Updated: April 27, 2019
Several months ago, I wrote my prophetic piece Windows 10 updates - One step forward, one step back, which lamented the massive over-complication in the update facility in the latest version of this operating system, the amount of time needed to get things done, as well as some planned improvements designed to address these issues. Then, there was also the matter of quality.
I highlighted this in my recent Creators reviews - for the first time ever, I had big errors in the 1804 build, something that has never happened to me before, as Windows Updates used to be legendary rock-solid. And then, Build 1809 introduced still more issues. Not for me, but everyone. Microsoft actually paused this update, restored it, and then axed it completely. And then, they revamped the update functionality.
So what's happening?
Well, Microsoft has changed how Windows 10 handles updates. First, there's a separation between regular monthly patches and feature upgrades (the twice-yearly upgrades a-la old service packs). Second, Windows Home users will have the option to defer updates for up to 35 days, so they won't be instantly pressured into installing packages and possibly hitting bugs, the way it's been happening more and more lately. There are still other changes, all of which are meant to reign in the chaos.
In a nutshell, more like ... the old updates.
Now, we need to be fair and give praise when praise is due. How many (big) companies are capable of admitting mistakes and backtracking on their decisions? This is something that's not done in the industry, and you usually end up with long, almost religious spiels of buzzwords justifying one bad decision after another. But Microsoft did change and react, quite a few times in the past several years. There was the Start Screen fiasco, and now the updates are becoming more reasonable.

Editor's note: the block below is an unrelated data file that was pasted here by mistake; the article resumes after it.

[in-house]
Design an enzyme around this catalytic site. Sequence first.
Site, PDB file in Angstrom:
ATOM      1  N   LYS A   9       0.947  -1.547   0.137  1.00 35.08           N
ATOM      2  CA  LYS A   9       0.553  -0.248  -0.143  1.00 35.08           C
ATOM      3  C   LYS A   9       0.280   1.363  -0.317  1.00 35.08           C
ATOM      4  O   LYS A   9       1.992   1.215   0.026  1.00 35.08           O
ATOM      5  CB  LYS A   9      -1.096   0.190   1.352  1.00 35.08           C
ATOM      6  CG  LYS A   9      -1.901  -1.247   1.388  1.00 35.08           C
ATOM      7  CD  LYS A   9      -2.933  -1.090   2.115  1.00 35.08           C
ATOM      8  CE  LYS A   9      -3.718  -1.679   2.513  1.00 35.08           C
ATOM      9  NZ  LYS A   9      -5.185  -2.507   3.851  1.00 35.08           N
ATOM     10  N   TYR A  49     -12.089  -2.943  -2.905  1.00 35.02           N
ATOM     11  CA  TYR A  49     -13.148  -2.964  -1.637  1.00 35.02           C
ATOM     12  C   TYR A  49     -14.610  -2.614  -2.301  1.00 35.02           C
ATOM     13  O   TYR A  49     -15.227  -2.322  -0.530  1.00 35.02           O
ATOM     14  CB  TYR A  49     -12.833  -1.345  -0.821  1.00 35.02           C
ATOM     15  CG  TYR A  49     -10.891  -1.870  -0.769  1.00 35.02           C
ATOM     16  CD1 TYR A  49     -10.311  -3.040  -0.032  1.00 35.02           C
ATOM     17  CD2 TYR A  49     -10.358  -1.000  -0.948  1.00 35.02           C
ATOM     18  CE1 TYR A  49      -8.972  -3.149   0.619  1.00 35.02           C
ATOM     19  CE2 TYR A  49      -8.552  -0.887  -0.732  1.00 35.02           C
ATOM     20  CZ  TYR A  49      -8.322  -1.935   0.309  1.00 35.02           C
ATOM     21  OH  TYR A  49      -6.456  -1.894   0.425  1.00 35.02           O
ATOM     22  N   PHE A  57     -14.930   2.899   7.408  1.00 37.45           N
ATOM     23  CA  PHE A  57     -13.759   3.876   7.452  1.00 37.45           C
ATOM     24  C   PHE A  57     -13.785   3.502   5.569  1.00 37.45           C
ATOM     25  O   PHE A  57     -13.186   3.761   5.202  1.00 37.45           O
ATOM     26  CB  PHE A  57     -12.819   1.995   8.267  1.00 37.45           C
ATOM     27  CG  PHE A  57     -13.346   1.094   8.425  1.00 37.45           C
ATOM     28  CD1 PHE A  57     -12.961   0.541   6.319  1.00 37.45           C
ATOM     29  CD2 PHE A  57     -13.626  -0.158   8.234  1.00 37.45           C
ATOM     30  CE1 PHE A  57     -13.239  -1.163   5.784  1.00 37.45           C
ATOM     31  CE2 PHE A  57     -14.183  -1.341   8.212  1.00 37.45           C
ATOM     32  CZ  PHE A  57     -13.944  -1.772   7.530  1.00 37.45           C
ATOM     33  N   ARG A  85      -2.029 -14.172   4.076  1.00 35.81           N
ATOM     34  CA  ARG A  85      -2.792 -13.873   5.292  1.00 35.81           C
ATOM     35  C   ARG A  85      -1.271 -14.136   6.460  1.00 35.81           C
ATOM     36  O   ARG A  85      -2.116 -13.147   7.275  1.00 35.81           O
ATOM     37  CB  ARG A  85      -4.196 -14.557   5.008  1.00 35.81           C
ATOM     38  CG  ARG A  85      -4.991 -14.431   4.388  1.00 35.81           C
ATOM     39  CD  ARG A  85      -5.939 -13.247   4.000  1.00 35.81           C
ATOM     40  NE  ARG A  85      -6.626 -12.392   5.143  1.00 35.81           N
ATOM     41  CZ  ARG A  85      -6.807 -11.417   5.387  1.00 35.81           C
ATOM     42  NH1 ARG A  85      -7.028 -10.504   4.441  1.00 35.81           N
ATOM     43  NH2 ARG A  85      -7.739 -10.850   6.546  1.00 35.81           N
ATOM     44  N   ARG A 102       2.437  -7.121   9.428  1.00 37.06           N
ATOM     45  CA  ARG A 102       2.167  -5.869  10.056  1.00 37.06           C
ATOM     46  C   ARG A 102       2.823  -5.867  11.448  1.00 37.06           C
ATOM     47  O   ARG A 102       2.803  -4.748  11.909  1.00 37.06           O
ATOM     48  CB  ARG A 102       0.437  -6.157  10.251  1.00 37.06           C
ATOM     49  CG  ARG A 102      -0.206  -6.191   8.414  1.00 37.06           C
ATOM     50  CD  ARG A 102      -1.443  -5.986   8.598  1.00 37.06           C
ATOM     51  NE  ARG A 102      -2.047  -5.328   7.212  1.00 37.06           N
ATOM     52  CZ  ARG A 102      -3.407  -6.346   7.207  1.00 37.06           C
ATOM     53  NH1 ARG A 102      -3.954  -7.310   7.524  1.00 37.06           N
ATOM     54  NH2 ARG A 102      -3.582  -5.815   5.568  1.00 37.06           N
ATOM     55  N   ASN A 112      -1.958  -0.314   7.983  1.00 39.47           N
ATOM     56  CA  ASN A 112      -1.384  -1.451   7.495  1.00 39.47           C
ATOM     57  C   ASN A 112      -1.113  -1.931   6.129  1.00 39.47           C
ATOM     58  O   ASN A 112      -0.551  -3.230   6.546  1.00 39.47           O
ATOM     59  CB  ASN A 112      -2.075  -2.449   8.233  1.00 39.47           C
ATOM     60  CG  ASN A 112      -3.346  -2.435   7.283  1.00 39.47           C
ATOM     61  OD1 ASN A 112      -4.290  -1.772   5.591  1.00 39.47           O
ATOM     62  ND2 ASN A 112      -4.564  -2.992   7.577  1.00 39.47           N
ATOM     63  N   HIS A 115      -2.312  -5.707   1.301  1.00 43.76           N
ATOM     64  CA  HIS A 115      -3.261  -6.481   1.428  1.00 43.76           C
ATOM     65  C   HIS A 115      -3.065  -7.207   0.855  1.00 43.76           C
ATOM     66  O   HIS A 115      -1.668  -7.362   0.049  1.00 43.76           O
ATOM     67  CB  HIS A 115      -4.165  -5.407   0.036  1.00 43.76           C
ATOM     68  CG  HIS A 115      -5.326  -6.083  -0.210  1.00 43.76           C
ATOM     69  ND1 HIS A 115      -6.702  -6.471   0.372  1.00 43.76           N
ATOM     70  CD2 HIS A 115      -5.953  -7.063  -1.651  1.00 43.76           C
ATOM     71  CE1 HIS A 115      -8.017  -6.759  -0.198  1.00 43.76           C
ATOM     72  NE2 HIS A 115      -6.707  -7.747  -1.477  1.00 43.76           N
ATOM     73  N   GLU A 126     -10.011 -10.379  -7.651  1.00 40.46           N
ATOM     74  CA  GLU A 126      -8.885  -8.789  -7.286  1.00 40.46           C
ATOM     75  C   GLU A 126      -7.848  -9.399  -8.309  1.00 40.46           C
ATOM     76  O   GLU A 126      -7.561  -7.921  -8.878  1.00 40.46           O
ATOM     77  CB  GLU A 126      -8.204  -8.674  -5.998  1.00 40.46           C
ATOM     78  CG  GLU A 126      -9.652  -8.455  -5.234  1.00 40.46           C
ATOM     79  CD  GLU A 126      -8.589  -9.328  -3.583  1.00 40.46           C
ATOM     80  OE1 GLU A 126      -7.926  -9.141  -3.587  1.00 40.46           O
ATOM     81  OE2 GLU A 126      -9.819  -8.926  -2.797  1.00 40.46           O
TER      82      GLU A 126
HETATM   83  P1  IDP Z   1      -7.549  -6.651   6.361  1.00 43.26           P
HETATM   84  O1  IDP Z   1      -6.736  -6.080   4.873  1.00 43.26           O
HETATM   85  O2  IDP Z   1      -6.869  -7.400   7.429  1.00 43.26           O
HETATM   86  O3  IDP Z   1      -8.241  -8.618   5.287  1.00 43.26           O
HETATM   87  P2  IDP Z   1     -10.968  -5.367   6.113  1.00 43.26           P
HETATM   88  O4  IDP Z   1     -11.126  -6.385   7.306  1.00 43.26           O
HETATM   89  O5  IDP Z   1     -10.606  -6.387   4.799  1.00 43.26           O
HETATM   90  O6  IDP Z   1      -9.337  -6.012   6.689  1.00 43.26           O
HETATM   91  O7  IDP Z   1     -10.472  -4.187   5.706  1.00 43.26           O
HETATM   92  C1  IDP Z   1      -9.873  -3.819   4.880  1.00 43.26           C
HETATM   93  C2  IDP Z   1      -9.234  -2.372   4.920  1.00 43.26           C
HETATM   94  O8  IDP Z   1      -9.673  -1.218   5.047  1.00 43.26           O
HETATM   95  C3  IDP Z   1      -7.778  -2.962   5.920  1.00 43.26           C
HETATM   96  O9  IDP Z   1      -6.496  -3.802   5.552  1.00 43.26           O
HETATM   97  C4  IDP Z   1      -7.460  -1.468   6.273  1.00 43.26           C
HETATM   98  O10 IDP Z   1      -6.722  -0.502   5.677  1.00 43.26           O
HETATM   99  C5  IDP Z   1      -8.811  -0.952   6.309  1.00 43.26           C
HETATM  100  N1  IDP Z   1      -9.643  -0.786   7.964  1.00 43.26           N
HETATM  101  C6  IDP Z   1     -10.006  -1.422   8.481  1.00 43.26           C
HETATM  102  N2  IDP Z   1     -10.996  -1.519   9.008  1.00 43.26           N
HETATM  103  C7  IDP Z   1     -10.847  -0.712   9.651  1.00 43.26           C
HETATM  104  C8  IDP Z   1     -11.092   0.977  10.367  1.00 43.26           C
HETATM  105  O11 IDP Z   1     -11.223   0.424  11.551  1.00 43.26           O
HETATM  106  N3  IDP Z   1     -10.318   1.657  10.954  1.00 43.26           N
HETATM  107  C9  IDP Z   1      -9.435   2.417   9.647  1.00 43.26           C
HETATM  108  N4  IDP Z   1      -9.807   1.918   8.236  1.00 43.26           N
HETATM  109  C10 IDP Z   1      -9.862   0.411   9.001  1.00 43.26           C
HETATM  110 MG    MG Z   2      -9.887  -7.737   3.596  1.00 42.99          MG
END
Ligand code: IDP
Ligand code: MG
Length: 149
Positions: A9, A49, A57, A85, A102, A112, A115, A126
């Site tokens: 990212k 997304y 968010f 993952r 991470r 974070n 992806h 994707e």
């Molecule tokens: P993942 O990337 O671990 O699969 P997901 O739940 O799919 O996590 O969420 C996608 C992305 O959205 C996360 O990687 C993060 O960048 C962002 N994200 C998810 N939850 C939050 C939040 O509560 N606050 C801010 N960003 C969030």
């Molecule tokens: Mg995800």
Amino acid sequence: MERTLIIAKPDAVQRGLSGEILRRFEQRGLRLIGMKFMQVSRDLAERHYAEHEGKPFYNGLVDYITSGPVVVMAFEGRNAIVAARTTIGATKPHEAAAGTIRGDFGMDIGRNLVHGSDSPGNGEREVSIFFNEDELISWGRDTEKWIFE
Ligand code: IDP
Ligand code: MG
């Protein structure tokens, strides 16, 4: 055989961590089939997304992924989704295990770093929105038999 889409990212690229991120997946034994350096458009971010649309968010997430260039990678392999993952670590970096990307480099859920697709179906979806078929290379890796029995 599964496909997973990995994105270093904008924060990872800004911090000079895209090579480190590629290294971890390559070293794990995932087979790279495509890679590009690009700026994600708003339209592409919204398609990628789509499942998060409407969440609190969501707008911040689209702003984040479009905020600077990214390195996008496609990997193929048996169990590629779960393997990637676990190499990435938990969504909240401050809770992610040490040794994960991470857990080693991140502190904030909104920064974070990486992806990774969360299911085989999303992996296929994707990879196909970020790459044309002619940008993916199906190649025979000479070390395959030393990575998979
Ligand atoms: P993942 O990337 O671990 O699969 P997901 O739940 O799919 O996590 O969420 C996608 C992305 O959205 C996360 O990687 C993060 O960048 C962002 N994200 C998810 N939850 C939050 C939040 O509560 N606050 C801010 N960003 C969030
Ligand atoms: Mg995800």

This is a VERY good thing - and I will write a complete article when I test this properly, come the 19H1 update. In general, my expectations are fairly simple: speed and stability. Windows 7 and 8.1 allow me to complete updates within about 20 minutes, one reboot, done. Now, there used to be a slowness problem for a long time, but that one got resolved. On Windows 10, I'd like to see the same kind of speed, because having to wait for an hour or two for the system to upgrade is simply too much. It's time that people need for their productivity, and it's not something that one can easily afford to lose.
Active hours & automatic updates are another big issue. As a personal example, my Windows machines stay up without reboots for many weeks, and overnight they run all sorts of scheduled tasks, including backups. The work setup remains, and having the system trigger a reboot is highly disruptive. The transactional nature of the automatic updates works fine for phones, where people have little to no 'history' to their immediate work, but that just isn't feasible on the desktop.